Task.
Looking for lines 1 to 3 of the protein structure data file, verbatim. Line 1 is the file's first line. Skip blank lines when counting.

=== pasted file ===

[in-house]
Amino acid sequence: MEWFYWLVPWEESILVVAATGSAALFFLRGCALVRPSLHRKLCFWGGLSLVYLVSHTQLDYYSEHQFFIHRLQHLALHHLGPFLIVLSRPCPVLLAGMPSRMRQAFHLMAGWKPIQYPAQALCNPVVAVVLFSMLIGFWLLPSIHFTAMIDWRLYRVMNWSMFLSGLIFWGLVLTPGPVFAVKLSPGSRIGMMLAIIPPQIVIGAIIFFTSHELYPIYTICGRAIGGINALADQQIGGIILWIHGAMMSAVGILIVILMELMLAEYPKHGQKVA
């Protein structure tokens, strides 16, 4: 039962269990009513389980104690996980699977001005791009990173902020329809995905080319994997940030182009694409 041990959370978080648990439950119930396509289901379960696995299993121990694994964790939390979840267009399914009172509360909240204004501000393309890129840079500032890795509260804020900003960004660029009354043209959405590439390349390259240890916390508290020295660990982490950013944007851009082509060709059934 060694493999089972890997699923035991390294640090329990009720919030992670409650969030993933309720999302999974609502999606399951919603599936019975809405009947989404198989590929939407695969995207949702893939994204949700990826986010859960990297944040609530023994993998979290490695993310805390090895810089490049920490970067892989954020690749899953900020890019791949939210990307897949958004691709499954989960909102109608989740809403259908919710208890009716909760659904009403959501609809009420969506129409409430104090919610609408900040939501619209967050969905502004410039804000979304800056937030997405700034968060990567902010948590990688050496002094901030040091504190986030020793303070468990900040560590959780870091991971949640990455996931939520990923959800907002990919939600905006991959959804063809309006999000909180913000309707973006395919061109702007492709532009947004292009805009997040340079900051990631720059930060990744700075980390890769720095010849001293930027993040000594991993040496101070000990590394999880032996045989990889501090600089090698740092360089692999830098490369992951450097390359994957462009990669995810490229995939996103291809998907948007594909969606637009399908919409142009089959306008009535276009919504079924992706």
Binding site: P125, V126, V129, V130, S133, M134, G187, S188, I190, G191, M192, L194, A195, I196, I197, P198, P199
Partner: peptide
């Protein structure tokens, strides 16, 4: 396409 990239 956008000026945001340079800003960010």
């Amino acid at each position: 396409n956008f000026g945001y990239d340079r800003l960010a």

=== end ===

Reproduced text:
[in-house]
Amino acid sequence: MEWFYWLVPWEESILVVAATGSAALFFLRGCALVRPSLHRKLCFWGGLSLVYLVSHTQLDYYSEHQFFIHRLQHLALHHLGPFLIVLSRPCPVLLAGMPSRMRQAFHLMAGWKPIQYPAQALCNPVVAVVLFSMLIGFWLLPSIHFTAMIDWRLYRVMNWSMFLSGLIFWGLVLTPGPVFAVKLSPGSRIGMMLAIIPPQIVIGAIIFFTSHELYPIYTICGRAIGGINALADQQIGGIILWIHGAMMSAVGILIVILMELMLAEYPKHGQKVA
């Protein structure tokens, strides 16, 4: 039962269990009513389980104690996980699977001005791009990173902020329809995905080319994997940030182009694409 041990959370978080648990439950119930396509289901379960696995299993121990694994964790939390979840267009399914009172509360909240204004501000393309890129840079500032890795509260804020900003960004660029009354043209959405590439390349390259240890916390508290020295660990982490950013944007851009082509060709059934 060694493999089972890997699923035991390294640090329990009720919030992670409650969030993933309720999302999974609502999606399951919603599936019975809405009947989404198989590929939407695969995207949702893939994204949700990826986010859960990297944040609530023994993998979290490695993310805390090895810089490049920490970067892989954020690749899953900020890019791949939210990307897949958004691709499954989960909102109608989740809403259908919710208890009716909760659904009403959501609809009420969506129409409430104090919610609408900040939501619209967050969905502004410039804000979304800056937030997405700034968060990567902010948590990688050496002094901030040091504190986030020793303070468990900040560590959780870091991971949640990455996931939520990923959800907002990919939600905006991959959804063809309006999000909180913000309707973006395919061109702007492709532009947004292009805009997040340079900051990631720059930060990744700075980390890769720095010849001293930027993040000594991993040496101070000990590394999880032996045989990889501090600089090698740092360089692999830098490369992951450097390359994957462009990669995810490229995939996103291809998907948007594909969606637009399908919409142009089959306008009535276009919504079924992706």